FIG. 1C shows the final result of using the embodiment of FIG. 1A.
FIGS. 2-4 show a sequence of steps for placing a coating of unzippable paste on C4 bumps of an integrated circuit.
FIG. 5 is a SEM image of a C4 bump after a heating cycle having a metal coating as in FIG. 1C.
FIG. 6 is a graph of data from Energy Dispersive X-ray Analysis of a gold coated site on the C4 bump after the coating process, and
FIG. 7 is a graph of data from Energy dispersive X-ray Analysis of an uncoated site of lead on the C4 bump in FIG. 6.
FIG. 8 shows the final structure of a C4 bump coated with oxide free particles to be bonded to a paste bumped substrate.
Referring to FIG. 1A, a substrate 10 and a coating of unzippable paste 13 is shown. Unzippable paste 13 comprises an unzippable polymer 15 and/or their blends dissolved in solvent 18, particles 17 such as oxide-free metal. An oxide-free metal or surface is one that does not form an oxide layer to permit a conductivity greater than 1 ohm-cm or the oxide layer is conducting with a conductivity greater than 1 ohm-cm. For example, C4 bumps of an alloy of 97 wt. % Pb and 3 wt. % Sn typically have an oxide coating or layer which provides a contact resistance which is greater than 1 ohm-cm without reflow of the solder in the C4 bump. Unzippable polymer 15 is a polymer that completely volatilizes above a certain temperature defined as the unzipping temperature, Tunzip. Some examples of unzippable polymers 15 include poly(methyl methacrylate) (PMMA), poly(α-methyl styrene) (PAMS), poly(propylene carbonate), poly(ethylene carbonate), and poly(chloral). All these polymers have a Tunzip below 400° C.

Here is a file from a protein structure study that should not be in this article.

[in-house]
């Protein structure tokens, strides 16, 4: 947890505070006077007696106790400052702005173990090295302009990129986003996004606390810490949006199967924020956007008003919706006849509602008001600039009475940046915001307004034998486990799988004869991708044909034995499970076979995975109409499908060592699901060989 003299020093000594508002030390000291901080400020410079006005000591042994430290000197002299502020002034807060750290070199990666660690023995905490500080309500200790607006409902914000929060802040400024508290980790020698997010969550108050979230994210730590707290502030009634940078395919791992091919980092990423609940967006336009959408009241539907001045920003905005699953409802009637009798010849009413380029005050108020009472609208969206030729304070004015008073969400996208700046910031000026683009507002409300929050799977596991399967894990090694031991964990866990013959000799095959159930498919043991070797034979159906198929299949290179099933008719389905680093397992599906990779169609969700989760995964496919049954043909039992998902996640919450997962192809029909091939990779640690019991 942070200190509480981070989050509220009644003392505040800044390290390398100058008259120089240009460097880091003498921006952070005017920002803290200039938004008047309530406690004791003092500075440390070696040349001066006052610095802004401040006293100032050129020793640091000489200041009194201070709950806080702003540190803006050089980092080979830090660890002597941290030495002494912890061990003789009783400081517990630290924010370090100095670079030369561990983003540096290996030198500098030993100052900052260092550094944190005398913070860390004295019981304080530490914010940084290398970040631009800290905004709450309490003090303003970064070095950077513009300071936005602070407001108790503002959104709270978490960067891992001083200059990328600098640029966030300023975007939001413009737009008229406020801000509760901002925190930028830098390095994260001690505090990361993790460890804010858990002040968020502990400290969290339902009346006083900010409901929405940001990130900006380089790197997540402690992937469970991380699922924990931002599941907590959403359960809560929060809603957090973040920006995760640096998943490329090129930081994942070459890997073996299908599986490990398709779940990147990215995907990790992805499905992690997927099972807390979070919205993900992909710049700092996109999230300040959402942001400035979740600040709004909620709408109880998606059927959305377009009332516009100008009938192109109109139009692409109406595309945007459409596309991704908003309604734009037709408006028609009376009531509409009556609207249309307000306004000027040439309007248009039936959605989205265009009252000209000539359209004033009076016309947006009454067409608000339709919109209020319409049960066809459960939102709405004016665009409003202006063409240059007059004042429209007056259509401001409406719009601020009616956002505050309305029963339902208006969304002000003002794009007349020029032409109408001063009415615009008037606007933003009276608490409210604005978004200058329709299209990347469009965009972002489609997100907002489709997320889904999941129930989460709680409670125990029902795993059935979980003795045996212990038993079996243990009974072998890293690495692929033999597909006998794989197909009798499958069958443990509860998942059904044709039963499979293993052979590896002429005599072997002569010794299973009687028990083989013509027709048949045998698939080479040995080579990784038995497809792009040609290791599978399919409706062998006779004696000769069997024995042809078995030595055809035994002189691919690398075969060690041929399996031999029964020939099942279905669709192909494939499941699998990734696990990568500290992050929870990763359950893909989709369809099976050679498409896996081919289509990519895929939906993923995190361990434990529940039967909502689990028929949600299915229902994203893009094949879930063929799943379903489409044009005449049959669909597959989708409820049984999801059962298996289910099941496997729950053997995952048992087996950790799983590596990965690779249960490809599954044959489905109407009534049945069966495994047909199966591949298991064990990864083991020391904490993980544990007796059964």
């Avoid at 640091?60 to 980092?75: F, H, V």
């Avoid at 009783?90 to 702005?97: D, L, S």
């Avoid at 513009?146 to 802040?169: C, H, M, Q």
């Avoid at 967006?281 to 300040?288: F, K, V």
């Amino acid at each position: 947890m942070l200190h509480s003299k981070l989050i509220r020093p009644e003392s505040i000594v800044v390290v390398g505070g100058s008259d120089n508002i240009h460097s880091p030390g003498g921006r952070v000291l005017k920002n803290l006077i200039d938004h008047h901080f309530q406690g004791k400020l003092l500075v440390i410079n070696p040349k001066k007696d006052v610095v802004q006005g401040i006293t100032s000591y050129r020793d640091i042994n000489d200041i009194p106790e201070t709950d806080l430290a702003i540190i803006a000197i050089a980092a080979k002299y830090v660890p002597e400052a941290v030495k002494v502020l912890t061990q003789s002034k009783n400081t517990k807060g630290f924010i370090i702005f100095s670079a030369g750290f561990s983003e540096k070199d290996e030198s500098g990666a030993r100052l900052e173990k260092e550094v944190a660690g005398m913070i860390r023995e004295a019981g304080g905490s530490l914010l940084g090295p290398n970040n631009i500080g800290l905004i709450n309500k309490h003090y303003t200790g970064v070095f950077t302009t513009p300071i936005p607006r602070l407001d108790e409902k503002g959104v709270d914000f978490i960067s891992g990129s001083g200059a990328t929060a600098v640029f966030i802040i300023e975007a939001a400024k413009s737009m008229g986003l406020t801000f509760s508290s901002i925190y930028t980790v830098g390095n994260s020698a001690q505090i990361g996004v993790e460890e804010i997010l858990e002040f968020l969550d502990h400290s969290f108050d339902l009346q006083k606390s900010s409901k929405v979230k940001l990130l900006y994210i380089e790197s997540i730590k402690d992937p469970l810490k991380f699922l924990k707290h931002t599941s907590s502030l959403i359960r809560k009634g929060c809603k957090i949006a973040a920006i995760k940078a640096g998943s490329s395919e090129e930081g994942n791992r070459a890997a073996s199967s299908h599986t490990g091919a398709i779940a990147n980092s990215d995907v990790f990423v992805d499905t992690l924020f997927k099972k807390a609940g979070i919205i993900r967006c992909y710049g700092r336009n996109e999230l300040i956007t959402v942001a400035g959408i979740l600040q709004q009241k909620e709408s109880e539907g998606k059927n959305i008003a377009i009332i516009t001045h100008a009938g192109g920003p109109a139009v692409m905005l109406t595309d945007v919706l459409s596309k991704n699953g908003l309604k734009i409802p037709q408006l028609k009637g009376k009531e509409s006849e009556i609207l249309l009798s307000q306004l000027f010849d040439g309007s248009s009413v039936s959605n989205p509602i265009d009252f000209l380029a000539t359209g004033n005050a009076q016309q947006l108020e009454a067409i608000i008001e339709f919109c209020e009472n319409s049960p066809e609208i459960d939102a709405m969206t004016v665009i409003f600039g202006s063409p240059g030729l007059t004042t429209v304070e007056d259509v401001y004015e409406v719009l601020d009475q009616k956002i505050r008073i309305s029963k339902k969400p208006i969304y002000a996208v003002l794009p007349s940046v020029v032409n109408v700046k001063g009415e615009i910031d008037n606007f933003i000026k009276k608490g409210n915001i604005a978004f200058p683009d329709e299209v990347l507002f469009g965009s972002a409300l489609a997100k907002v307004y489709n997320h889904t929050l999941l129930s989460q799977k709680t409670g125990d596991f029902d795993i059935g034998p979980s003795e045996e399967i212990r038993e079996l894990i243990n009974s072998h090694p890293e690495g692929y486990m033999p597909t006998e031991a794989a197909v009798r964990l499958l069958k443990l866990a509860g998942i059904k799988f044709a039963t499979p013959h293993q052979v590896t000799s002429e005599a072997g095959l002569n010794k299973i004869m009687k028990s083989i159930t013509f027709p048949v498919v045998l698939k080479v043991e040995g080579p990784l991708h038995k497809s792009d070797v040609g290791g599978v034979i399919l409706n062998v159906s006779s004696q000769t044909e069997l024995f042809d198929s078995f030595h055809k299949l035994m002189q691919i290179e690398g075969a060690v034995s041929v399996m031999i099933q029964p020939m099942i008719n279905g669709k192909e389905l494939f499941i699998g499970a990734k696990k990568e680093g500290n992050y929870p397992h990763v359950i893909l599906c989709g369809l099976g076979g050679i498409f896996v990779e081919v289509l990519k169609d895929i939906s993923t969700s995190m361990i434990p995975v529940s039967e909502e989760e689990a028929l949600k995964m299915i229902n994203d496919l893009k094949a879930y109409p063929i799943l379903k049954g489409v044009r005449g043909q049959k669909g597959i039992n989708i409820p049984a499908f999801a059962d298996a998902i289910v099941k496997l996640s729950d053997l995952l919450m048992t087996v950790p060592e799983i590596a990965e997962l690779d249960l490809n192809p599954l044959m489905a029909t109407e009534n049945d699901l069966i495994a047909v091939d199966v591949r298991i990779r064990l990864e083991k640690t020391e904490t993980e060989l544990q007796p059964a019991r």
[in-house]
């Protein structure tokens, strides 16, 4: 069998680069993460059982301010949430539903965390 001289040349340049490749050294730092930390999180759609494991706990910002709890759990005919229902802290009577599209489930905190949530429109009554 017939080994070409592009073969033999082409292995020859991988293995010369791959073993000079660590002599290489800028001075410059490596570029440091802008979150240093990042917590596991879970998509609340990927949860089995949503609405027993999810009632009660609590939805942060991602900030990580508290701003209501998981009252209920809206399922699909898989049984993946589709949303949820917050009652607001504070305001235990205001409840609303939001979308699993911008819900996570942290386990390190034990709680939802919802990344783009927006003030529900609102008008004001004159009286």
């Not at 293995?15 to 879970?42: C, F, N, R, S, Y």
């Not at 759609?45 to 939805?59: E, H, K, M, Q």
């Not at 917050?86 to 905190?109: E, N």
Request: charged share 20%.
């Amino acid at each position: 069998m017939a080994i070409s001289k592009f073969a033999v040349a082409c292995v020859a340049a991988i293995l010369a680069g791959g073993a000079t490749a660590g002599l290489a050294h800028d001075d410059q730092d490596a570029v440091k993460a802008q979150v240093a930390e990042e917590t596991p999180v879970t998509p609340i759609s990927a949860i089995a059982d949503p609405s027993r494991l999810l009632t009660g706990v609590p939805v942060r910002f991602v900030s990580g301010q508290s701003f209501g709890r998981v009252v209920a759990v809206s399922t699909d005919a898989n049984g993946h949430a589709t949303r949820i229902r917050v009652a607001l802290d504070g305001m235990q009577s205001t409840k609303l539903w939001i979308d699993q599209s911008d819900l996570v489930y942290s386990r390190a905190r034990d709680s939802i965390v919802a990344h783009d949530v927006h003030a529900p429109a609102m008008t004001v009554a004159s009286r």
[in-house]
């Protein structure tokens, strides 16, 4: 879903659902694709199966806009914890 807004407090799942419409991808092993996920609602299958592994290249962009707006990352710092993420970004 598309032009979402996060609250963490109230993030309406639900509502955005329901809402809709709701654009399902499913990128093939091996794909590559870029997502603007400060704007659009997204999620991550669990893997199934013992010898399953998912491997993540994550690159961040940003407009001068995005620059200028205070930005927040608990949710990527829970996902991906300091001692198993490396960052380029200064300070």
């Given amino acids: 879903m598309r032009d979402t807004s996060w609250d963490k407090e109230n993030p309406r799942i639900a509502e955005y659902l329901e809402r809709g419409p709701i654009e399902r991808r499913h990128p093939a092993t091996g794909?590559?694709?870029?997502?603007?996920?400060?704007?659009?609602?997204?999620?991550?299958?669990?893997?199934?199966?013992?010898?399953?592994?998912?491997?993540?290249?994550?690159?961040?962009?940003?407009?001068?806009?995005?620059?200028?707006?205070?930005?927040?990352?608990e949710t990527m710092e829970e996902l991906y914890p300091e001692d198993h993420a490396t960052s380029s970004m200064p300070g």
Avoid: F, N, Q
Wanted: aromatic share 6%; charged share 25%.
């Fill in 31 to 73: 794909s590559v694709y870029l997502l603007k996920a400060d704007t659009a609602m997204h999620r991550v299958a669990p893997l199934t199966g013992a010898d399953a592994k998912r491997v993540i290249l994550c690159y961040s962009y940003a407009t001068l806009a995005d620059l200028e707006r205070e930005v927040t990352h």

Solvent 18 is one that may be organic and dissolves the above mentioned polymers. For example, N-methyl pyrrolidinone (NMP) is a good solvent for PMMA and PAMS.